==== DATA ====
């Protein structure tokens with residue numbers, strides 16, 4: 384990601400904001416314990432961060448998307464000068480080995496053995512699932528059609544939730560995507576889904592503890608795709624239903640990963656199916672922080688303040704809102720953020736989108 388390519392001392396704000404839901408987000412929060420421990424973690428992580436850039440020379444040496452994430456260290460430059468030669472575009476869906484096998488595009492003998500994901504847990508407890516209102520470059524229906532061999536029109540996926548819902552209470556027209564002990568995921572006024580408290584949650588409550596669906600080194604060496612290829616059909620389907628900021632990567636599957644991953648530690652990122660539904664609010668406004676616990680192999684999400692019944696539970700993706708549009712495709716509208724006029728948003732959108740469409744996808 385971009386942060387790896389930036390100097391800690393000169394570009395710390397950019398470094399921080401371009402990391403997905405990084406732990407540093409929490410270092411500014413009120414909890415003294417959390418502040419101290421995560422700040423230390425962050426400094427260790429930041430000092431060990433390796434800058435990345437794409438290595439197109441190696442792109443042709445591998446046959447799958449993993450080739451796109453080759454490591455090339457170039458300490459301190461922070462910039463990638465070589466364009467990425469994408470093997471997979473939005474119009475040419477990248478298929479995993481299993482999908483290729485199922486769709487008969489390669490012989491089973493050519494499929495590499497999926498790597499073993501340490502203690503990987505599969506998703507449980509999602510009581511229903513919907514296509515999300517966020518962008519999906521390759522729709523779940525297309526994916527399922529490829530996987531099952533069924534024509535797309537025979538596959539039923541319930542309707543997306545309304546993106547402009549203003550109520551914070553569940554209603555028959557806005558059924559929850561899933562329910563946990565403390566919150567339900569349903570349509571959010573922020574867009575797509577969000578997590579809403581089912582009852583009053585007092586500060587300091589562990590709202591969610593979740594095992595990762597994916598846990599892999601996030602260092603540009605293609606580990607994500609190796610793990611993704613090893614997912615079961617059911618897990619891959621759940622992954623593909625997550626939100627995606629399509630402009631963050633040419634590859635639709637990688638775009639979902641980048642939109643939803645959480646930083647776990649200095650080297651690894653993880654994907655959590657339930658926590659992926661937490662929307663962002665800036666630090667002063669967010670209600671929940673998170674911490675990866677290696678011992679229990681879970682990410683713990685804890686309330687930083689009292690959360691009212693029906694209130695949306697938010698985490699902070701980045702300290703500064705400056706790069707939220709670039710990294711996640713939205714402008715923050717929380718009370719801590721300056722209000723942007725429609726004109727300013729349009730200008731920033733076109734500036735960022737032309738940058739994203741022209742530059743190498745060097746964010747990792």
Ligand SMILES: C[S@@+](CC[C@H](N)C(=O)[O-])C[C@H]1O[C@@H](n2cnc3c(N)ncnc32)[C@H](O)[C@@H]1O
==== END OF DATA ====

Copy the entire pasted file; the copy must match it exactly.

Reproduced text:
């Protein structure tokens with residue numbers, strides 16, 4: 384990601400904001416314990432961060448998307464000068480080995496053995512699932528059609544939730560995507576889904592503890608795709624239903640990963656199916672922080688303040704809102720953020736989108 388390519392001392396704000404839901408987000412929060420421990424973690428992580436850039440020379444040496452994430456260290460430059468030669472575009476869906484096998488595009492003998500994901504847990508407890516209102520470059524229906532061999536029109540996926548819902552209470556027209564002990568995921572006024580408290584949650588409550596669906600080194604060496612290829616059909620389907628900021632990567636599957644991953648530690652990122660539904664609010668406004676616990680192999684999400692019944696539970700993706708549009712495709716509208724006029728948003732959108740469409744996808 385971009386942060387790896389930036390100097391800690393000169394570009395710390397950019398470094399921080401371009402990391403997905405990084406732990407540093409929490410270092411500014413009120414909890415003294417959390418502040419101290421995560422700040423230390425962050426400094427260790429930041430000092431060990433390796434800058435990345437794409438290595439197109441190696442792109443042709445591998446046959447799958449993993450080739451796109453080759454490591455090339457170039458300490459301190461922070462910039463990638465070589466364009467990425469994408470093997471997979473939005474119009475040419477990248478298929479995993481299993482999908483290729485199922486769709487008969489390669490012989491089973493050519494499929495590499497999926498790597499073993501340490502203690503990987505599969506998703507449980509999602510009581511229903513919907514296509515999300517966020518962008519999906521390759522729709523779940525297309526994916527399922529490829530996987531099952533069924534024509535797309537025979538596959539039923541319930542309707543997306545309304546993106547402009549203003550109520551914070553569940554209603555028959557806005558059924559929850561899933562329910563946990565403390566919150567339900569349903570349509571959010573922020574867009575797509577969000578997590579809403581089912582009852583009053585007092586500060587300091589562990590709202591969610593979740594095992595990762597994916598846990599892999601996030602260092603540009605293609606580990607994500609190796610793990611993704613090893614997912615079961617059911618897990619891959621759940622992954623593909625997550626939100627995606629399509630402009631963050633040419634590859635639709637990688638775009639979902641980048642939109643939803645959480646930083647776990649200095650080297651690894653993880654994907655959590657339930658926590659992926661937490662929307663962002665800036666630090667002063669967010670209600671929940673998170674911490675990866677290696678011992679229990681879970682990410683713990685804890686309330687930083689009292690959360691009212693029906694209130695949306697938010698985490699902070701980045702300290703500064705400056706790069707939220709670039710990294711996640713939205714402008715923050717929380718009370719801590721300056722209000723942007725429609726004109727300013729349009730200008731920033733076109734500036735960022737032309738940058739994203741022209742530059743190498745060097746964010747990792």
Ligand SMILES: C[S@@+](CC[C@H](N)C(=O)[O-])C[C@H]1O[C@@H](n2cnc3c(N)ncnc32)[C@H](O)[C@@H]1O